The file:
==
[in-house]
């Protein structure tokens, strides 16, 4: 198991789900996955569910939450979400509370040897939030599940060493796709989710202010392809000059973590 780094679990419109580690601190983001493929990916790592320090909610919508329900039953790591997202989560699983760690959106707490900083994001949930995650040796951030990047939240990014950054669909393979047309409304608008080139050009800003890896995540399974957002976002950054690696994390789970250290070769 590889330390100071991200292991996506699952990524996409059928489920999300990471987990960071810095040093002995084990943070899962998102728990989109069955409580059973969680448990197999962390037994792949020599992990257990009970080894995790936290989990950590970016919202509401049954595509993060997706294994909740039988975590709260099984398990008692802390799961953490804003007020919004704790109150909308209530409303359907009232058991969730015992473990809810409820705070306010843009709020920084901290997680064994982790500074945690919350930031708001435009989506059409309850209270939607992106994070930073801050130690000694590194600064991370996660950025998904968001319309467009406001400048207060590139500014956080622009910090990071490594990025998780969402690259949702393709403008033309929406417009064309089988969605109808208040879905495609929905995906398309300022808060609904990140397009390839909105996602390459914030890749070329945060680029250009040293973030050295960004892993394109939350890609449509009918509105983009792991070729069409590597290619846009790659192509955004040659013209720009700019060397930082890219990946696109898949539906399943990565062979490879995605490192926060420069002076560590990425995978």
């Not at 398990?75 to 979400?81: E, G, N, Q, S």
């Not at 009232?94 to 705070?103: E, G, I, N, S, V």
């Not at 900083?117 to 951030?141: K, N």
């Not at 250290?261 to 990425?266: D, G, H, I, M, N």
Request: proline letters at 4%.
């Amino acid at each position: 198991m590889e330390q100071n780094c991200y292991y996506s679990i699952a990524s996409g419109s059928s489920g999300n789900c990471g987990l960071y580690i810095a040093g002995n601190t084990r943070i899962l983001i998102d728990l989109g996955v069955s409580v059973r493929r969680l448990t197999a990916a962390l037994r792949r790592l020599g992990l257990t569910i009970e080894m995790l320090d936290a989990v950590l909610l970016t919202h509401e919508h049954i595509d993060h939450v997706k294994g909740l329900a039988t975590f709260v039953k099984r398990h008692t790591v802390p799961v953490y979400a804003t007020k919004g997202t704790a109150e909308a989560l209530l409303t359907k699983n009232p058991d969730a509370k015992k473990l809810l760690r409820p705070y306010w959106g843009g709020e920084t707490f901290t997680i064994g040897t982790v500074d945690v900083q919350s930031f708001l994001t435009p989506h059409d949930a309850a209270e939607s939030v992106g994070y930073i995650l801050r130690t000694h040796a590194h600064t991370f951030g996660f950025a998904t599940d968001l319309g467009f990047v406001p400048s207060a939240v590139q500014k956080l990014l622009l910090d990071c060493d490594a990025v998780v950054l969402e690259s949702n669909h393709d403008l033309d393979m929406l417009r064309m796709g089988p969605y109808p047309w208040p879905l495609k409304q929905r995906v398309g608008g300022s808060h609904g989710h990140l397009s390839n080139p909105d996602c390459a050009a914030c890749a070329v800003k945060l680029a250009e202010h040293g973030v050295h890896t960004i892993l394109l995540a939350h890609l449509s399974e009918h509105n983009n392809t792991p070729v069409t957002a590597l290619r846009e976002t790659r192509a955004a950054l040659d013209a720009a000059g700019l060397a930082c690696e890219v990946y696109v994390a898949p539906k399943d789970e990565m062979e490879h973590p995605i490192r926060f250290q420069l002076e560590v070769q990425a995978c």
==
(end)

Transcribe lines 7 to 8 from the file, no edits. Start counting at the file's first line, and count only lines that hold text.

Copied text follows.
Request: proline letters at 4%.
């Amino acid at each position: 198991m590889e330390q100071n780094c991200y292991y996506s679990i699952a990524s996409g419109s059928s489920g999300n789900c990471g987990l960071y580690i810095a040093g002995n601190t084990r943070i899962l983001i998102d728990l989109g996955v069955s409580v059973r493929r969680l448990t197999a990916a962390l037994r792949r790592l020599g992990l257990t569910i009970e080894m995790l320090d936290a989990v950590l909610l970016t919202h509401e919508h049954i595509d993060h939450v997706k294994g909740l329900a039988t975590f709260v039953k099984r398990h008692t790591v802390p799961v953490y979400a804003t007020k919004g997202t704790a109150e909308a989560l209530l409303t359907k699983n009232p058991d969730a509370k015992k473990l809810l760690r409820p705070y306010w959106g843009g709020e920084t707490f901290t997680i064994g040897t982790v500074d945690v900083q919350s930031f708001l994001t435009p989506h059409d949930a309850a209270e939607s939030v992106g994070y930073i995650l801050r130690t000694h040796a590194h600064t991370f951030g996660f950025a998904t599940d968001l319309g467009f990047v406001p400048s207060a939240v590139q500014k956080l990014l622009l910090d990071c060493d490594a990025v998780v950054l969402e690259s949702n669909h393709d403008l033309d393979m929406l417009r064309m796709g089988p969605y109808p047309w208040p879905l495609k409304q929905r995906v398309g608008g300022s808060h609904g989710h990140l397009s390839n080139p909105d996602c390459a050009a914030c890749a070329v800003k945060l680029a250009e202010h040293g973030v050295h890896t960004i892993l394109l995540a939350h890609l449509s399974e009918h509105n983009n392809t792991p070729v069409t957002a590597l290619r846009e976002t790659r192509a955004a950054l040659d013209a720009a000059g700019l060397a930082c690696e890219v990946y696109v994390a898949p539906k399943d789970e990565m062979e490879h973590p995605i490192r926060f250290q420069l002076e560590v070769q990425a995978c």